Names Starting with P

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Means "flower" in Hmong.
Manx form of PEGGY.
Finnish form of PAUL used in the Bible.
PAAVOmFinnish, Estonian
Finnish and Estonian form of PAUL.
Spanish form of Paulus (see PAUL). Spanish painter and sculptor Pablo Picasso (1881-1973) was a famous bearer of this name.
Diminutive of FRANCISCA.
PACEmEnglish (Rare)
From an English surname which was derived from the Middle English word pace meaning "peace".
PACEYmEnglish (Rare)
From an English surname which was derived from the French place name Pacy, itself derived from Gaulish given name of unknown meaning.
Spanish feminine form of the Late Latin name Pacificus meaning "peacemaker".
Esperanto diminutive of PAUL. This name also means "papa" in Esperanto.
Diminutive of FRANCISCO.
Irish diminutive of PATRICK.
PADENmEnglish (Rare)
An invented name, using the popular aden suffix sound found in such names as Braden, Hayden and Aidan. It is sometimes considered a derivative of the surname PADDON.
PADERAUf & mWelsh
Means "beads" or "rosary" in Welsh. This is a modern Welsh name.
PADMAf & mHinduism, Indian, Hindi, Tamil, Kannada, Telugu
Means "lotus" in Sanskrit. This is a transcription of both the feminine form पद्मा and the masculine form पद्म. According to Hindu tradition a lotus holding the god Brahma arose from the navel of the god Vishnu. The name Padma is used in Hindu texts to refer to several characters, including the goddess Lakshmi and the hero Rama.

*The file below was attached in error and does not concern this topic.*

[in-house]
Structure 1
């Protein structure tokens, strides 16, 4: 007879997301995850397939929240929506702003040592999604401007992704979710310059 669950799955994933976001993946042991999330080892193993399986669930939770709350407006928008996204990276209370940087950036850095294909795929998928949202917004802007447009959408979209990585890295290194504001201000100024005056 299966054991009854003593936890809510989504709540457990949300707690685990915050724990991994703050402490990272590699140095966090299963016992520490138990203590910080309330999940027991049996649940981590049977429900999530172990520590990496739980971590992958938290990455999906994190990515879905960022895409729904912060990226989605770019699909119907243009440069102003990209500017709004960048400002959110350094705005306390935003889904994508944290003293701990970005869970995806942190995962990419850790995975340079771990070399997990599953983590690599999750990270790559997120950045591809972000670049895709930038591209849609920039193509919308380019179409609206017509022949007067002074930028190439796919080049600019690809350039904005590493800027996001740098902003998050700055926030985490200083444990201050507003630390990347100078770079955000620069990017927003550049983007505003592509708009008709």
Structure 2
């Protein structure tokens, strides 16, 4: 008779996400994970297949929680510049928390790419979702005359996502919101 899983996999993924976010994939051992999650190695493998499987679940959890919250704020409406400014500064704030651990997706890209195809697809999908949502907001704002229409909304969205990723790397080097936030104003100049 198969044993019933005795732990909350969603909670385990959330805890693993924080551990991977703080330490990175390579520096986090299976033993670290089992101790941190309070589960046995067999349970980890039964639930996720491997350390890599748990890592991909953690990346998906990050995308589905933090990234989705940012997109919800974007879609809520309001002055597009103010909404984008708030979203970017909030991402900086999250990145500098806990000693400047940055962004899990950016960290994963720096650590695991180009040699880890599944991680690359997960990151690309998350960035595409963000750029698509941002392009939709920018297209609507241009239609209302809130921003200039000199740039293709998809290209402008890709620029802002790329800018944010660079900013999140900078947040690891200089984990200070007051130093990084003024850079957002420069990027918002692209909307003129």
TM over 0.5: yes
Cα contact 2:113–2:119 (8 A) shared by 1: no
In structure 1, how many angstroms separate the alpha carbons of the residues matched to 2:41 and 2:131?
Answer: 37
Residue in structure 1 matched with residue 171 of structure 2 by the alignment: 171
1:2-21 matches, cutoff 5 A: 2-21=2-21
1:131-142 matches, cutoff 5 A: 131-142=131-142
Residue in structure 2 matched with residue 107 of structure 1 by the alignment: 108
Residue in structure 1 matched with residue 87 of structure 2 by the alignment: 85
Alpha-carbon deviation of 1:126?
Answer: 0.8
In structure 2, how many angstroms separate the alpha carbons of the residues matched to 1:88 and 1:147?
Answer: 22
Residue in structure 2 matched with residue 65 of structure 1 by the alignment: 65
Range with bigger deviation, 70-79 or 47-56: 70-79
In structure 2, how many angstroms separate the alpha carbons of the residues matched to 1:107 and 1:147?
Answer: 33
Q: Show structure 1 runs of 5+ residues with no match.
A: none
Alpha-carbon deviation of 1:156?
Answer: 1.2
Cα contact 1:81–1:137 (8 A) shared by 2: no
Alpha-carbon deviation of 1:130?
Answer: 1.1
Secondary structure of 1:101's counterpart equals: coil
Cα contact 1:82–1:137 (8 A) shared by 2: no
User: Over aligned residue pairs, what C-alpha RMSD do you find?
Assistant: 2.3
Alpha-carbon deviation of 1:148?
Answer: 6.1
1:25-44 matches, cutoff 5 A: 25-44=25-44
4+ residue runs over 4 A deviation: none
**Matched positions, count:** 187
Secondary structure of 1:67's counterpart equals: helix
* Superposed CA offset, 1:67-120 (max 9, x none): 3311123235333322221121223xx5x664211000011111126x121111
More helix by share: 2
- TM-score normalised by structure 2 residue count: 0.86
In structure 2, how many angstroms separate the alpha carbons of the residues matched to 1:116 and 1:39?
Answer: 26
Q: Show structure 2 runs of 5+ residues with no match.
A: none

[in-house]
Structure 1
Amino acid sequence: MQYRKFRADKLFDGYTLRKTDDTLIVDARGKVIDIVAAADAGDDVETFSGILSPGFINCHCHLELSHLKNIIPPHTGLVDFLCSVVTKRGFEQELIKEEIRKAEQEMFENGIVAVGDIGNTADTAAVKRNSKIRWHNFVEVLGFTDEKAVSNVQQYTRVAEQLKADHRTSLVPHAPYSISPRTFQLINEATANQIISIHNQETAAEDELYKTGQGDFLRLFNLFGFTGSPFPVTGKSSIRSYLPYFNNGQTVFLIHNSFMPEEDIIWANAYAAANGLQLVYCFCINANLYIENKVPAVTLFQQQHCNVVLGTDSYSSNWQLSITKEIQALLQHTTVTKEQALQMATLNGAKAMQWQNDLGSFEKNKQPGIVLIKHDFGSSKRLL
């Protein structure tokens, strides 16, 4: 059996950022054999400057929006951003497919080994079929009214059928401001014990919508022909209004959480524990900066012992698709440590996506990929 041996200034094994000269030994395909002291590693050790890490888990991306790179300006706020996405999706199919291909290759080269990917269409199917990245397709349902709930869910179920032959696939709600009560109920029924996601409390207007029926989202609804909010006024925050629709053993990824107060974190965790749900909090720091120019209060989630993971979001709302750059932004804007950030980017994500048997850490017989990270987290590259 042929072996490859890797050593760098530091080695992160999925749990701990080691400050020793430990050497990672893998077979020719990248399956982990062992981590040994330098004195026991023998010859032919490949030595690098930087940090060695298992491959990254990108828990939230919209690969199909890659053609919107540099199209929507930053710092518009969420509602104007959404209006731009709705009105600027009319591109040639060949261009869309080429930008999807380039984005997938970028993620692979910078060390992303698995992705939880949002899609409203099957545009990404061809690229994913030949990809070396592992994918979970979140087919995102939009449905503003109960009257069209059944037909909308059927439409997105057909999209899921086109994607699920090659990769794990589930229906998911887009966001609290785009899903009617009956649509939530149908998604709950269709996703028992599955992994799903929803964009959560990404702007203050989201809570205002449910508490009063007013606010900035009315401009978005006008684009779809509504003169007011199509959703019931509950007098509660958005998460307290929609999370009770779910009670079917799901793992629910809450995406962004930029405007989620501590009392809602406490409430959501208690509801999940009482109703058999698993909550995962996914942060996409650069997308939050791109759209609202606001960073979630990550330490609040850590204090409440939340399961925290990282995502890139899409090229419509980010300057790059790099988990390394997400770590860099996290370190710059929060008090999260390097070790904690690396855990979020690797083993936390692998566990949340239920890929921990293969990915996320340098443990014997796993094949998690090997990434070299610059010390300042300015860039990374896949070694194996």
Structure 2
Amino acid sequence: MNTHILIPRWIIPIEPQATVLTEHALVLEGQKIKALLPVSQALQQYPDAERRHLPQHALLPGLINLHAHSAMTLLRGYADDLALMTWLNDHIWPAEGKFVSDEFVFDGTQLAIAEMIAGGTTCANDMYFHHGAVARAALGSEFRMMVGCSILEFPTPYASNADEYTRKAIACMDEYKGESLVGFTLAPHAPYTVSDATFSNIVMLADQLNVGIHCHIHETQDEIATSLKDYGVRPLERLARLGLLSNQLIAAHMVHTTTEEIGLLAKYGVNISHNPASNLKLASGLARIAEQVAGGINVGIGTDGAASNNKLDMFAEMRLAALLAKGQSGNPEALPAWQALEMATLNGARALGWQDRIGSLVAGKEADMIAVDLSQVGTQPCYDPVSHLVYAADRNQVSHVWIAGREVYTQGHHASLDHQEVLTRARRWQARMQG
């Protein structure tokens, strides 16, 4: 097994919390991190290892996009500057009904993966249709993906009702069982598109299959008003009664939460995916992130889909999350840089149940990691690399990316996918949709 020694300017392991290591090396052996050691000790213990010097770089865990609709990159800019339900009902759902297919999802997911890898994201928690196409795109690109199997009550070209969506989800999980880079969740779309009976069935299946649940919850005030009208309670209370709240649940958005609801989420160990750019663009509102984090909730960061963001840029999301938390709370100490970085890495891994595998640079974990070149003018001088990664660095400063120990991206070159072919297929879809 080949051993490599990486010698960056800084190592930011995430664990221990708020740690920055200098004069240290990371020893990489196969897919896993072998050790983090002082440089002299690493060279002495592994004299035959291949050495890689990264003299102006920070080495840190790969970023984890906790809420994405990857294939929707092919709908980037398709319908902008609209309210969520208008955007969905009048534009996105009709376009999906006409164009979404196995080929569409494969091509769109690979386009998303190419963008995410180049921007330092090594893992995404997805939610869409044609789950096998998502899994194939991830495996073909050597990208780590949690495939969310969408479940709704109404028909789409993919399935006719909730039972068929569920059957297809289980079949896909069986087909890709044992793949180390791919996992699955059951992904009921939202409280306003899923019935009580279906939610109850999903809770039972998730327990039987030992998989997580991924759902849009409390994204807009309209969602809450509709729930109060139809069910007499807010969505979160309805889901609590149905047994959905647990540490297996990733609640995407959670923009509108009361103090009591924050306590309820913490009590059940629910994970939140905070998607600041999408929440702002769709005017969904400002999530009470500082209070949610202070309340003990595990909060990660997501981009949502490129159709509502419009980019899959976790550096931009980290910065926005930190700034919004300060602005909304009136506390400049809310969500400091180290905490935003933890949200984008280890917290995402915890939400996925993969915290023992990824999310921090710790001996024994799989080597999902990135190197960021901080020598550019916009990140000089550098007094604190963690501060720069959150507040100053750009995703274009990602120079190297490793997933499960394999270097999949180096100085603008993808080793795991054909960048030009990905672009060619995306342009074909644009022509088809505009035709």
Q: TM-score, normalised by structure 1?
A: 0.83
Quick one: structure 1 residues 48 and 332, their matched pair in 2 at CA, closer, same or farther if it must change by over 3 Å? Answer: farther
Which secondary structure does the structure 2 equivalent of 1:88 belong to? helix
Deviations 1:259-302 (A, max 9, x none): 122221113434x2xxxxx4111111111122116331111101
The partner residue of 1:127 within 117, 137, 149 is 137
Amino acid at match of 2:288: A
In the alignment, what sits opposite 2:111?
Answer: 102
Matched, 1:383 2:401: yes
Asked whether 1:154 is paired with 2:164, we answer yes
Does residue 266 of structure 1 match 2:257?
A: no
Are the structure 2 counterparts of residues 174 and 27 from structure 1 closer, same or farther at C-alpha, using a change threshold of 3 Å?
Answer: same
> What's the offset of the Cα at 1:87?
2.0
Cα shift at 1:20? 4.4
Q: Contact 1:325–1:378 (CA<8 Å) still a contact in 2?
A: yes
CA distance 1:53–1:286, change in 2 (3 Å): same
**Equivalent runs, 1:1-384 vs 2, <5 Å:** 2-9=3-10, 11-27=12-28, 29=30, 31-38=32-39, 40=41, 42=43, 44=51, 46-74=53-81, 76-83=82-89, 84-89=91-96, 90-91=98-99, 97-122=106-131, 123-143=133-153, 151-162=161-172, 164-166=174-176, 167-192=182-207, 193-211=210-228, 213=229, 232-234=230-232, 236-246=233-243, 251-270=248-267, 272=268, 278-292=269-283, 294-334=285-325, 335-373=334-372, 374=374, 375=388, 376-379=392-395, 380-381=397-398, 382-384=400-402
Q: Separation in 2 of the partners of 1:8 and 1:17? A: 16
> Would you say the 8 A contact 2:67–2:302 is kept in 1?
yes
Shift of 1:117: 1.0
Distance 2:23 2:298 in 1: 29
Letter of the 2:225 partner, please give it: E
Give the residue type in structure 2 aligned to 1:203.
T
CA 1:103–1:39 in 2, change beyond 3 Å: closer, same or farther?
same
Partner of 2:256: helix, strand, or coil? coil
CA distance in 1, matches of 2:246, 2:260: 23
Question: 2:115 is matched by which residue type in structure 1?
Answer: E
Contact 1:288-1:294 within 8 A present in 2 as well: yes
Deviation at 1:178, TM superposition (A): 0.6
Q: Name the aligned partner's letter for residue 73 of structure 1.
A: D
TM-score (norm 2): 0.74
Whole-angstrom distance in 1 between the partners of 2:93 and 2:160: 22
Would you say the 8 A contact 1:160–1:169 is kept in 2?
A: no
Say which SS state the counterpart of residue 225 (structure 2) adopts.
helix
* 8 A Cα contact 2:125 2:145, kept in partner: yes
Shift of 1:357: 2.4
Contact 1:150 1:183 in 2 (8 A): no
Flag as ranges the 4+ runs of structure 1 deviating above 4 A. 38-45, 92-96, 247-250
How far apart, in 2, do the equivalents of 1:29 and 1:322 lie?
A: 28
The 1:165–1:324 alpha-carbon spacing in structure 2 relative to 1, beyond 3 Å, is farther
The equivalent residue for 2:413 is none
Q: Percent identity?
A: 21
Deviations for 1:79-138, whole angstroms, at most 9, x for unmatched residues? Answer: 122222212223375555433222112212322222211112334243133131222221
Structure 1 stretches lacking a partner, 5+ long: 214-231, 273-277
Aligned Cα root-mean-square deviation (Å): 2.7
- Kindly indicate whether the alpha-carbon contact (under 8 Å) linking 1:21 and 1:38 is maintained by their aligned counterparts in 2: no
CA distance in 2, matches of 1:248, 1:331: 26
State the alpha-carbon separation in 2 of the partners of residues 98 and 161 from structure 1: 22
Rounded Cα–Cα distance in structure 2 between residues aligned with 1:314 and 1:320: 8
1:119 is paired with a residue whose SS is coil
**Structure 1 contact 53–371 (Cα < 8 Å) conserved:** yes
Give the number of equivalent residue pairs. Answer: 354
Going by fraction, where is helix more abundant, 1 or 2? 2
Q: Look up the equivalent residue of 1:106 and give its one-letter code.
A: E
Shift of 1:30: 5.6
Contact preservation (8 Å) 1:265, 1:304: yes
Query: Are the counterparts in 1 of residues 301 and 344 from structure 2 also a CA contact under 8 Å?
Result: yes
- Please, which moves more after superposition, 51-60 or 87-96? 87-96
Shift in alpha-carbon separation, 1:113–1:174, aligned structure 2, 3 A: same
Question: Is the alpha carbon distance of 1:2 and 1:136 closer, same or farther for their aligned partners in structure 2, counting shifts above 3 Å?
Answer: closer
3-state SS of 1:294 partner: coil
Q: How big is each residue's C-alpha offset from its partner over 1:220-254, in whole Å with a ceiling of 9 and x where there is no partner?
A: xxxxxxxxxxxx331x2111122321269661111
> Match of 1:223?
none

Means "resembling lotuses", derived from the Sanskrit word पद्म (padma) meaning "lotus" combined with वती (vati) meaning "resemblance". This is the name of the foster-mother of the god Hindu Skanda.
PADMINIfIndian, Kannada, Tamil, Telugu
Means "a multitude of lotuses", a derivative of Sanskrit पद्म (padma) meaning "lotus".
Irish form of PATRICK.
Irish form of PATRICK.
Scottish form of PATRICK.
Irish form of PATRICIA.
PADRIGmWelsh, Breton
Welsh and Breton form of PATRICK.
Old English name of unknown meaning.
From a surname which was a variant of PAIGE.
PAGETfEnglish (Rare)
From a surname which meant "little page" (see PAIGE).
From an English surname meaning "servant, page" in Middle English. It is ultimately derived (via Old French and Italian) from Greek παιδιον (paidion) meaning "little boy".
PAISLEYfEnglish (Modern)
From a Scottish surname, originally from the name of a town, which may ultimately be derived from Latin basilica "church". This is also a word (derived from the name of that same town) for a type of pattern commonly found on fabrics.
Means "day" in Finnish.
Derived from Finnish päivä "day".
Means "kite" in Thai.
Hungarian form of PAUL.
Scottish form of PAUL.
PÅLmSwedish, Norwegian
Swedish and Norwegian form of PAUL.
Albanian form of PAUL.
Icelandic feminine form of PAUL.
PALESAfSouthern African, Sotho
Means "flower" in Sotho.
Albanian form of PAUL.
PÁLLmIcelandic, Faroese
Icelandic and Faroese form of PAUL.
Bengali form of PALLAV.
Bengali feminine form of PALLAV.
PALLAS (1)fGreek Mythology
Probably derived from a Greek word meaning "maiden". In Greek mythology this was the name of a friend of the goddess Athena. Athena accidentally killed her, and subsequently took the name Pallas in honour of her friend.
PALLAS (2)mGreek Mythology
Possibly derived from Greek παλλω (pallo) "to brandish". In Greek mythology this was the name of a Titan and several other characters. It was also the name of a female character, though her name is probably from a different source (see Pallas).